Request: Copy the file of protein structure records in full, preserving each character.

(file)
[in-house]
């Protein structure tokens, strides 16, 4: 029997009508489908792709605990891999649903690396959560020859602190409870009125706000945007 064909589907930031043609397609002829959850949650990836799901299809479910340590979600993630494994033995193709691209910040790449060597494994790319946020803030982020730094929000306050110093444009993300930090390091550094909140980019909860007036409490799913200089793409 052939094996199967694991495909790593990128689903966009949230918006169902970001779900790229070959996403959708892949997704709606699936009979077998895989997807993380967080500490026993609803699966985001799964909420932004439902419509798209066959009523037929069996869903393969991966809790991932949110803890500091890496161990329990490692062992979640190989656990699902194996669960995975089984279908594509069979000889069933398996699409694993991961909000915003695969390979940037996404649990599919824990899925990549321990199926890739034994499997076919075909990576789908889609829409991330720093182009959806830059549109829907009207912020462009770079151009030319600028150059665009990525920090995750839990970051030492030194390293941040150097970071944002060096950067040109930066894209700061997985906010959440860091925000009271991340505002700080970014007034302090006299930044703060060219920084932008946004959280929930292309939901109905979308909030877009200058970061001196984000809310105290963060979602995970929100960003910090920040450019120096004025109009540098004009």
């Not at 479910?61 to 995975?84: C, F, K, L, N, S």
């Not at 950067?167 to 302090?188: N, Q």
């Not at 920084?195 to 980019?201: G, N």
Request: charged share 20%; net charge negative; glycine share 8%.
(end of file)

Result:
[in-house]
């Protein structure tokens, strides 16, 4: 029997009508489908792709605990891999649903690396959560020859602190409870009125706000945007 064909589907930031043609397609002829959850949650990836799901299809479910340590979600993630494994033995193709691209910040790449060597494994790319946020803030982020730094929000306050110093444009993300930090390091550094909140980019909860007036409490799913200089793409 052939094996199967694991495909790593990128689903966009949230918006169902970001779900790229070959996403959708892949997704709606699936009979077998895989997807993380967080500490026993609803699966985001799964909420932004439902419509798209066959009523037929069996869903393969991966809790991932949110803890500091890496161990329990490692062992979640190989656990699902194996669960995975089984279908594509069979000889069933398996699409694993991961909000915003695969390979940037996404649990599919824990899925990549321990199926890739034994499997076919075909990576789908889609829409991330720093182009959806830059549109829907009207912020462009770079151009030319600028150059665009990525920090995750839990970051030492030194390293941040150097970071944002060096950067040109930066894209700061997985906010959440860091925000009271991340505002700080970014007034302090006299930044703060060219920084932008946004959280929930292309939901109905979308909030877009200058970061001196984000809310105290963060979602995970929100960003910090920040450019120096004025109009540098004009």
């Not at 479910?61 to 995975?84: C, F, K, L, N, S």
């Not at 950067?167 to 302090?188: N, Q």
């Not at 920084?195 to 980019?201: G, N």
Request: charged share 20%; net charge negative; glycine share 8%.